Queen Mary Journal of Intellectual Property

Month: June, 2017

“Turn Down For What?” How About For Copyright Law!?

by Lisa D. Rhooms

In early May, Hip-Hop artiste, Lil’ Jon, and DJ and record producer, DJ Snake, were sued for willful copyright infringement. The complaint[1] is that the massively popular song “Turn Down For What”[2] released by the defendants, substantially copied another song, also entitled “Turn down For What”[3], and performed by Freddie GZ. The complaint contends:

“The copying alleged herein directly misappropriates quantitatively and qualitatively important portions of [the] Plaintiff’s Original Work in a manner that is easily recognizable to the ordinary observer. While [the] Defendants received accolades, awards, and a fortune for the Infringing Works, and built a brand on a foundation of copyright infringement, the writers truly responsible for the success of the Infringing Works received nothing, and their publisher, which owns the copyright, is now forced to bring this action to vindicate their rights for the taking of their work…”[4]

Lil’ Jon and DJ Snake are also not the only defendants whom the complaint alleges either performed, sold, caused to be sold, licenced, distributed or benefited from the sale of the purportedly infringing song.

The complaint also claims that:

“The idea for the Original Work came about in mid-to-late 2012. Freddie GZ and the team at A2M routinely threw around a saying, namely “turn down for what.” “Turn down for what” was their version of the colloquial term “turn up” (used to describe “get wild” or “let’s party,” among other things). Freddie GZ wanted to brand it, and believed the best way to brand this theme was to record it in a song. Freddie GZ composed the Original Song with Tha Architectz in late 2012; the final version was finished in the studio in January of 2013. A2M liked the Original Song and it was released as a single on March 9, 2013.[5]

The plaintiff contends that the original work was released to the public via several channels, including radio, iTunes, Spotify, Amazon, and YouTube, and gives statistics of the reach of the original work. The complaint also alleges that after the release, the song was “hyped” by respected Hip-Hop artistes such as Charlamagne.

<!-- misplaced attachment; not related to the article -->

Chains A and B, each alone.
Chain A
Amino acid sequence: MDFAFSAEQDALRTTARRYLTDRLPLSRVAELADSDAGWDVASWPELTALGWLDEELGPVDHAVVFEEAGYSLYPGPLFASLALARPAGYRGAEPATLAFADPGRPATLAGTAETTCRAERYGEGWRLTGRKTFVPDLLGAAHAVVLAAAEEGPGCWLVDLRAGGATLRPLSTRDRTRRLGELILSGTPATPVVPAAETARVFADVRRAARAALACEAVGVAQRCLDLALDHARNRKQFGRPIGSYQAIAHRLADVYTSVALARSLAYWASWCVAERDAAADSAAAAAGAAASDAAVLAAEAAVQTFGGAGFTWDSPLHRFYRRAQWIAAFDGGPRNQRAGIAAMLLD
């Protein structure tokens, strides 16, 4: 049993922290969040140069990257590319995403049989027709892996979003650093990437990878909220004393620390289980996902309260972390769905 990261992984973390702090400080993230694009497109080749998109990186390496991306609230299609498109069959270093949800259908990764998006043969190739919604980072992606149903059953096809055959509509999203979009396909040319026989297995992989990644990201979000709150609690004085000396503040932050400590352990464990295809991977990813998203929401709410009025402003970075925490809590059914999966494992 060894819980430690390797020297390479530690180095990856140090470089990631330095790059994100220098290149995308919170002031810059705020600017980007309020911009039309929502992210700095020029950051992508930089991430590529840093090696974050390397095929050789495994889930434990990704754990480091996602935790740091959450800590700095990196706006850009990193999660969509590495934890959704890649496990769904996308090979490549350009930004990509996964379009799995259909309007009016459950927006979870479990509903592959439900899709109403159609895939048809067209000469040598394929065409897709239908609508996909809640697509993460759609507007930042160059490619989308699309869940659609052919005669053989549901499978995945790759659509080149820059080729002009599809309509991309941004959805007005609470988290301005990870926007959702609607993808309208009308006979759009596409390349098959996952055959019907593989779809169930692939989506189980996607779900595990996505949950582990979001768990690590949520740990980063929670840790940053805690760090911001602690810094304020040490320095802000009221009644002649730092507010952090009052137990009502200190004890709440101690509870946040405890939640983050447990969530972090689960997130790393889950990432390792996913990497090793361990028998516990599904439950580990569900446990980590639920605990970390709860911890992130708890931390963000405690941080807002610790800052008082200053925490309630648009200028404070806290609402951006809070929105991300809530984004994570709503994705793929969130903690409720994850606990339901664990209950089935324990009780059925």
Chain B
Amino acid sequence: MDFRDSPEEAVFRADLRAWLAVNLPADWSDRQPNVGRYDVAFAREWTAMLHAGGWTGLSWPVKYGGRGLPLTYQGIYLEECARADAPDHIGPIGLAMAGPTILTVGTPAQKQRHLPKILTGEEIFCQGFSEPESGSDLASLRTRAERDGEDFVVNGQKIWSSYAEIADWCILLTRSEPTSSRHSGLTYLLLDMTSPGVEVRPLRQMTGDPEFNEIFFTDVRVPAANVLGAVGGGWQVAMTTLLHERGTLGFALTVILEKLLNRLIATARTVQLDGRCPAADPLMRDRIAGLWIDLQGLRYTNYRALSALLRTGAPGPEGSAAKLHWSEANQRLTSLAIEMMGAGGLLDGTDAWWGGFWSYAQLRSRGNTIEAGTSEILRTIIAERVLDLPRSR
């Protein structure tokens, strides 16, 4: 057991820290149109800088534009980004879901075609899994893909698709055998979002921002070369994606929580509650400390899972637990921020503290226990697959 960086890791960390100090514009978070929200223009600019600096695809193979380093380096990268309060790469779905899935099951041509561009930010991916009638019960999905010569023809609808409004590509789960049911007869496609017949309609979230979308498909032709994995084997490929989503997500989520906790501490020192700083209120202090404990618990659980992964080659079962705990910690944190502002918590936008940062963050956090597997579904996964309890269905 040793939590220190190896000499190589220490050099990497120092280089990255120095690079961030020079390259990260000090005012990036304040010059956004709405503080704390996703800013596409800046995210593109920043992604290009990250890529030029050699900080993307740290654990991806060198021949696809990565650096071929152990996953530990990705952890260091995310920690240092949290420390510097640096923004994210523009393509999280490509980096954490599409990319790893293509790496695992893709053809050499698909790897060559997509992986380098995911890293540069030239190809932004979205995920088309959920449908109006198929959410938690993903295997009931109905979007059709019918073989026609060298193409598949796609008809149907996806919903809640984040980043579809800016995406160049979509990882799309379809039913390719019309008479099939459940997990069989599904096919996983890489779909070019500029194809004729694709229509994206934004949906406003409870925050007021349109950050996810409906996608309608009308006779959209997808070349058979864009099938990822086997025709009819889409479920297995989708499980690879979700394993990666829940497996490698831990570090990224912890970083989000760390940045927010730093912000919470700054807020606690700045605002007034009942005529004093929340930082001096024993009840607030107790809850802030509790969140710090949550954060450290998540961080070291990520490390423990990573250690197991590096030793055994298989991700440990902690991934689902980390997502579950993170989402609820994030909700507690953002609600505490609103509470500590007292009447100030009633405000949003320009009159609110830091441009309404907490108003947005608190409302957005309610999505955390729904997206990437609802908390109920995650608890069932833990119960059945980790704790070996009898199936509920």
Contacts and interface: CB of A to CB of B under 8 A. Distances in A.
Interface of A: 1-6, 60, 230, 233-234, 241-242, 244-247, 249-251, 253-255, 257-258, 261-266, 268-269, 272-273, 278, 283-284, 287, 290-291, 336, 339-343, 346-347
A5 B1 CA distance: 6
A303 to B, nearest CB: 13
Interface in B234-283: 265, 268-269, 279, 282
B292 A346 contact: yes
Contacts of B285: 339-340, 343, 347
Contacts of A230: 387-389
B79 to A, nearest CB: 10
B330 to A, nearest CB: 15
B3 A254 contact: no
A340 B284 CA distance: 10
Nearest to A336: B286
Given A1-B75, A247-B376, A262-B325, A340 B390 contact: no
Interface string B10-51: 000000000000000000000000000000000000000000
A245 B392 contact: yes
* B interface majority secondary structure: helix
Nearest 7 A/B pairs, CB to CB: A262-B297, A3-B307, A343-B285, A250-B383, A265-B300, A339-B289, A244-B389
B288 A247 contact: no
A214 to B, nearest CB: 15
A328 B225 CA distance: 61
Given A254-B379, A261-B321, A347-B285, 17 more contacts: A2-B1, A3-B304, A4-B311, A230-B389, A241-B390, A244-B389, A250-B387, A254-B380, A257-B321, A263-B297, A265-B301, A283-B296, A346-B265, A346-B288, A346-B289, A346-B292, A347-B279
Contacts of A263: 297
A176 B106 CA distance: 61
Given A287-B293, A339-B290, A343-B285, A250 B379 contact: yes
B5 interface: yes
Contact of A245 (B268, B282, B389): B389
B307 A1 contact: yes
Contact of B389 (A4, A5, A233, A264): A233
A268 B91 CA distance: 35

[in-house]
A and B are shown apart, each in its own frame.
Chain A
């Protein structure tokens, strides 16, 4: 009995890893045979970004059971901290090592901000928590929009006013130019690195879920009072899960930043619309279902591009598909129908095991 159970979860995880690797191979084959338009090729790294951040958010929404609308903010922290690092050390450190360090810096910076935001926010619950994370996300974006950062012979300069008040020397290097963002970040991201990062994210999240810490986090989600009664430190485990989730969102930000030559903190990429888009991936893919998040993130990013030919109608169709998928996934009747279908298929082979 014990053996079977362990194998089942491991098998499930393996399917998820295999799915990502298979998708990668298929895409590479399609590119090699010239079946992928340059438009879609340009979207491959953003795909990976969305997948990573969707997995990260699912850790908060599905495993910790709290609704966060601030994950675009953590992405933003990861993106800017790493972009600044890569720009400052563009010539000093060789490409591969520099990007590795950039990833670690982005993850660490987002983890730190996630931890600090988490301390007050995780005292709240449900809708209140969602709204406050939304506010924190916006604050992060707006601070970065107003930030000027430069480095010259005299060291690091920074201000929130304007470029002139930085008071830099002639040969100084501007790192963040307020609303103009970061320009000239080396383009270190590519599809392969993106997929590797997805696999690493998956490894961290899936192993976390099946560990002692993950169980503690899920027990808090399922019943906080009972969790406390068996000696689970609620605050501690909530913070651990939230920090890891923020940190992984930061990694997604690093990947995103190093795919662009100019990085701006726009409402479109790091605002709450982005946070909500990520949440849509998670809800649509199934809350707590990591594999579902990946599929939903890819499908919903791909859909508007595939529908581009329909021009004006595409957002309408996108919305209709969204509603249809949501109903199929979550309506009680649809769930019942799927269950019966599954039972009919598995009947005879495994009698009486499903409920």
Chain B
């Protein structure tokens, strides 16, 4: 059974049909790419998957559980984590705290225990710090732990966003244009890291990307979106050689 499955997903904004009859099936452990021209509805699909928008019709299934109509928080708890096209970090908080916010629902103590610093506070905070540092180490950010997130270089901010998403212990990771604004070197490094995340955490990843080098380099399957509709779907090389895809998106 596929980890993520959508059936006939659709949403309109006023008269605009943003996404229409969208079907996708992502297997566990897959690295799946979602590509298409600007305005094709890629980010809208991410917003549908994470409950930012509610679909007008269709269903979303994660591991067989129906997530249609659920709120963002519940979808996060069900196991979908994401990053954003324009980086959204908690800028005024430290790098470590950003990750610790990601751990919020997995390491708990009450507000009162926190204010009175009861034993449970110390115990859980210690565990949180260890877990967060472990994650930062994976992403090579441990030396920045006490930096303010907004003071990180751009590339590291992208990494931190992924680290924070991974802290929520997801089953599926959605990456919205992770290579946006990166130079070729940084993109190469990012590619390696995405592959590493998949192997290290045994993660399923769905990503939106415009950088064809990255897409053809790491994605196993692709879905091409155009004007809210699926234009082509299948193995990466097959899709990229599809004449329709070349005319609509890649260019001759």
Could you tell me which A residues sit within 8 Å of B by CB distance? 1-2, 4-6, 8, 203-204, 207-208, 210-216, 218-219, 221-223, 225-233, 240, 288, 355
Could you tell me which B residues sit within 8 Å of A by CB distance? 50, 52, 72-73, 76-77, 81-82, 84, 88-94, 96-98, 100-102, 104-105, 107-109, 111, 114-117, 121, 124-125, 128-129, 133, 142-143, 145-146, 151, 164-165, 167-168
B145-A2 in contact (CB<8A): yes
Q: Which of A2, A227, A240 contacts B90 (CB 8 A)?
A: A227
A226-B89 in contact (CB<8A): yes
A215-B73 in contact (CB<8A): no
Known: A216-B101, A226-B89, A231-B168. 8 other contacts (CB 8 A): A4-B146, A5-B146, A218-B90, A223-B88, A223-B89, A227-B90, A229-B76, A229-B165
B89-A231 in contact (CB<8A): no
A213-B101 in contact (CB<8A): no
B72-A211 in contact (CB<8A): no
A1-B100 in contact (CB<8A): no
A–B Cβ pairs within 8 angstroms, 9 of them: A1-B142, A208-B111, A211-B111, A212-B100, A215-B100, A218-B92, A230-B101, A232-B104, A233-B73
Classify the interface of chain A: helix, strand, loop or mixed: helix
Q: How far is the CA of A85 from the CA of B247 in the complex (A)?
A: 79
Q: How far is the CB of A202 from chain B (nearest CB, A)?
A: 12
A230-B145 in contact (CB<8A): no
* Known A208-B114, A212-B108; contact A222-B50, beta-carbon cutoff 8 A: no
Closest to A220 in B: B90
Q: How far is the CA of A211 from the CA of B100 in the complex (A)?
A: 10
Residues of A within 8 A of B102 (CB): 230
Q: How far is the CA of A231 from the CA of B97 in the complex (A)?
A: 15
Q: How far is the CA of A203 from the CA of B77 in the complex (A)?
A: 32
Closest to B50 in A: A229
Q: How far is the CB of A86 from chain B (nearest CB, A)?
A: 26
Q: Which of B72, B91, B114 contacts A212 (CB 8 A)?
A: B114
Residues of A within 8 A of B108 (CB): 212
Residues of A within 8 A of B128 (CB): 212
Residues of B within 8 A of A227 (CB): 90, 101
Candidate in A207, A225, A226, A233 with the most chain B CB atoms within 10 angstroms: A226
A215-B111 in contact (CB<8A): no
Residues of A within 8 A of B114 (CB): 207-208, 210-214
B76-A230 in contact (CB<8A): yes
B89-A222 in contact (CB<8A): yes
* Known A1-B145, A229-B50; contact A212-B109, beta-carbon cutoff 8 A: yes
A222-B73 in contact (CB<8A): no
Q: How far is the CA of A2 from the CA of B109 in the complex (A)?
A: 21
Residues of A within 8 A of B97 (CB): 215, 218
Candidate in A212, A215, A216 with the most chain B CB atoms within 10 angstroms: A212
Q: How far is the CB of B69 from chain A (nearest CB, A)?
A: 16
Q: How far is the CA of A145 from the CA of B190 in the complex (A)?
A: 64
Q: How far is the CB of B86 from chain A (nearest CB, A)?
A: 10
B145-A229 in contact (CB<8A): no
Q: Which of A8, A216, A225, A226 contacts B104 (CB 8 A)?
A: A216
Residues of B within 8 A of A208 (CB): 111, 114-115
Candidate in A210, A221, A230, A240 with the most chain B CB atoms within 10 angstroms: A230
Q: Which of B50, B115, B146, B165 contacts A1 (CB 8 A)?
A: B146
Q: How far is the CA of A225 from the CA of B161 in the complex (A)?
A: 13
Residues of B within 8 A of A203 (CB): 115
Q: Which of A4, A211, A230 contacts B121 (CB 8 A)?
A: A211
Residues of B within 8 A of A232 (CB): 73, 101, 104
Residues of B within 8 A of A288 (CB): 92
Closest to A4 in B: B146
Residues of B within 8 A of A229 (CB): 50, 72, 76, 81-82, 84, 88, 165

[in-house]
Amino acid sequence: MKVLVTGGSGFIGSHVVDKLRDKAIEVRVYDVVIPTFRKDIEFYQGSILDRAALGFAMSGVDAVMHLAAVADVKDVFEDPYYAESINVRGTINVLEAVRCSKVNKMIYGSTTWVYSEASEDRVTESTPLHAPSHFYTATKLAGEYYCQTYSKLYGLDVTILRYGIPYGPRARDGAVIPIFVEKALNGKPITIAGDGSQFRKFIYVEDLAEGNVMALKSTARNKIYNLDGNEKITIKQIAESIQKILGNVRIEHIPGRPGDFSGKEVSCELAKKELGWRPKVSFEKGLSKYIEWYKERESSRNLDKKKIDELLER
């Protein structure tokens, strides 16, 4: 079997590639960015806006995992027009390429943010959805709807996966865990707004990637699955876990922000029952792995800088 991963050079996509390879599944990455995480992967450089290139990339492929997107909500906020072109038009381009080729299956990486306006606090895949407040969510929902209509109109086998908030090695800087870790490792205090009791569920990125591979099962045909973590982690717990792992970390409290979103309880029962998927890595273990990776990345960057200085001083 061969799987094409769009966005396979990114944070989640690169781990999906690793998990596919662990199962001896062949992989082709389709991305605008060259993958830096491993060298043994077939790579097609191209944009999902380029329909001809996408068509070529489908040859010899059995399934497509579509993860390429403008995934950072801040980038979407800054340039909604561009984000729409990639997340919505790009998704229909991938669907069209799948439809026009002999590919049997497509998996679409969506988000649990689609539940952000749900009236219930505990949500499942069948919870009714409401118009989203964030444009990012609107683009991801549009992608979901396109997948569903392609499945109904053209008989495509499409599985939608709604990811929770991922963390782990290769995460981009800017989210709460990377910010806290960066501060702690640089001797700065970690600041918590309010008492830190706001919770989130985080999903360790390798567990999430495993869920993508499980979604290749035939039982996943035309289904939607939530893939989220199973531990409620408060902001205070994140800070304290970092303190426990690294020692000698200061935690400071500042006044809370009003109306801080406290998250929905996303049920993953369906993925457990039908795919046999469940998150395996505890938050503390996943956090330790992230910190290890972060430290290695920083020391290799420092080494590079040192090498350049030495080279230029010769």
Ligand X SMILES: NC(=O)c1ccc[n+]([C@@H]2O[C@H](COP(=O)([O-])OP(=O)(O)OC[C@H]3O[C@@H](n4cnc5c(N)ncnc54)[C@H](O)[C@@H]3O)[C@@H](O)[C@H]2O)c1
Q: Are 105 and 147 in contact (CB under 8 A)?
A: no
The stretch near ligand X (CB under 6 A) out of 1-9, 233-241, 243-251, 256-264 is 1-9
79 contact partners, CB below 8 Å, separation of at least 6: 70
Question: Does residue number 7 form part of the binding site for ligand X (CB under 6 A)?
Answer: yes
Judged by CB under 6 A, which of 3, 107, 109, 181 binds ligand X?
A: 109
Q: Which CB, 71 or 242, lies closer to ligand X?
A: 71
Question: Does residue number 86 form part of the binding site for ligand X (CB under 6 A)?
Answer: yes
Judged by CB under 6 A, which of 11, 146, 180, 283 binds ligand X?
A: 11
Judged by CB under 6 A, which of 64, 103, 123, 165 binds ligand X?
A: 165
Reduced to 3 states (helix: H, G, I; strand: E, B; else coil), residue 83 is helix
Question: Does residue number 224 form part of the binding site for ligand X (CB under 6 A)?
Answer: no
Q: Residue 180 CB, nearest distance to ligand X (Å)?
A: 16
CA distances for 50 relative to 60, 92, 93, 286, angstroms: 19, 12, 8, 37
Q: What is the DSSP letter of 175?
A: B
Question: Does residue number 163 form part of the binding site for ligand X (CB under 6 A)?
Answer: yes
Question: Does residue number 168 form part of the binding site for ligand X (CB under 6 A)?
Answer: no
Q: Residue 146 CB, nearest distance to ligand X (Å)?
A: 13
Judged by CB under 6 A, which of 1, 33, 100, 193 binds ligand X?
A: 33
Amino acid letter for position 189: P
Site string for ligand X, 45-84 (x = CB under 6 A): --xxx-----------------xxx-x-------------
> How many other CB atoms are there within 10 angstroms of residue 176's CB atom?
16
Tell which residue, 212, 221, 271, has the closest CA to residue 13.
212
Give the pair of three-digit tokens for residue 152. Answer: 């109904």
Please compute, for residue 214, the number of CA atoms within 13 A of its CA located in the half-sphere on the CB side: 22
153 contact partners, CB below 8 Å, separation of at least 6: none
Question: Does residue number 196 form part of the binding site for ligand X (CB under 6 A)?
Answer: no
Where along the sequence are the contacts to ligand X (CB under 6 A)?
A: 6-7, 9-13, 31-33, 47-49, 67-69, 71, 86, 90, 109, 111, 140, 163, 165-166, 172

As evidence of Lil’ Jon and DJ Snake’s awareness of the claimed original work, the plaintiff suggests:

“Tellingly, Lil Jon and DJ Snake exchanged tweets on July 15, 2013, only four months after the release of [the] Plaintiff’s Original Work. DJ Snake tweeted to Lil Jon ‘Turn Down For What ??? @LilJon’; Lil Jon replied ‘LET’S GO! Rt’@djsnake: Turn Down For What ??? @LilJon.’”[6]

The plaintiff further alleges that it was after the release of the original song that Lil’ Jon and DJ Snake recorded their “Turn Down For What”, which was “striking[ly] similar…[to] the Original Work and [which]when paired together with the timeline of events cannot be a coincidence.[Further] there is no possibility that the Infringing Works are creatures of independent creation.[7] Lil’ Jon and DJ Snake’s song was released in December 2013.

The crux of the copyright issue is that the similarities between Freddie GZ’s song and the contended infringing song are obvious, and are either undeniable similar or substantially similar; “strikingly similar”. As evidence, the complaint cites “Whosampled.com”, a website “which claims to be the world’s most comprehensive, detailed, and accurate database of samples, cover songs, and remixes, covering the entire history of music”[8],and which suggests that the Lil’ Jon and DJ Snake song sampled the plaintiff’s song.

Without going into too much about rhythm, count and lyric placement, as the complaint does, one essential point in the complaint was that:

“The Original Work’s introduction contains a steadily rising synth sound and the Infringing Works also start with a slowly rising synth line for the first seven measures. This similarity would be obvious to an ordinary listener and is just one example of the substantial similarities between the works at issue.” [9]


“The structures of both songs are substantially similar. The choruses, which follow the introduction in both songs, are repeated three times in each song after two eight-measure sections, and both songs conclude with an instrumental section. This is very significant, would be obvious to an ordinary observer, and is a striking similarity. This is also not a common structure and the uses of eight measure sections are not common in rap songs.”[10]

 The complaint then alleges the commercial success of the allegedly infringing single which sold over a million copies in less than four months, certifying it platinum, and which has been remixed, with even a popular Dancehall remix; and which has been included on several compilation albums. The allegedly infringing song has also been on the music charts, and featured on the soundtracks of major motion picture films, and in commercials. Further, “Turn Down For What” has been featured on merchandise, and trade mark applications have been filed by the defendants for the phrase, as a word mark. The complaint sets out:

“Upon information and belief, the overwhelming success of the Infringing Works has provided [the] Defendants with substantial opportunities to tour and perform around the world. The revenue and profits derived from these performances and appearances are attributable to the success of the Infringing Works. These opportunities would not have been available to [the] Defendants if they had not infringed upon [the] Plaintiff’s Original Work, and are a ‘but-for’ cause of such profit.”[11]

The complaint states that these profits exceed fifteen million United States dollars (US$15,000,000.00).

In the concluding paragraph, the plaintiff prays for a declaration of infringement, an award of damages, and a permanent injunction, among other relief. It also demands a trial by jury.

Comment and Conclusion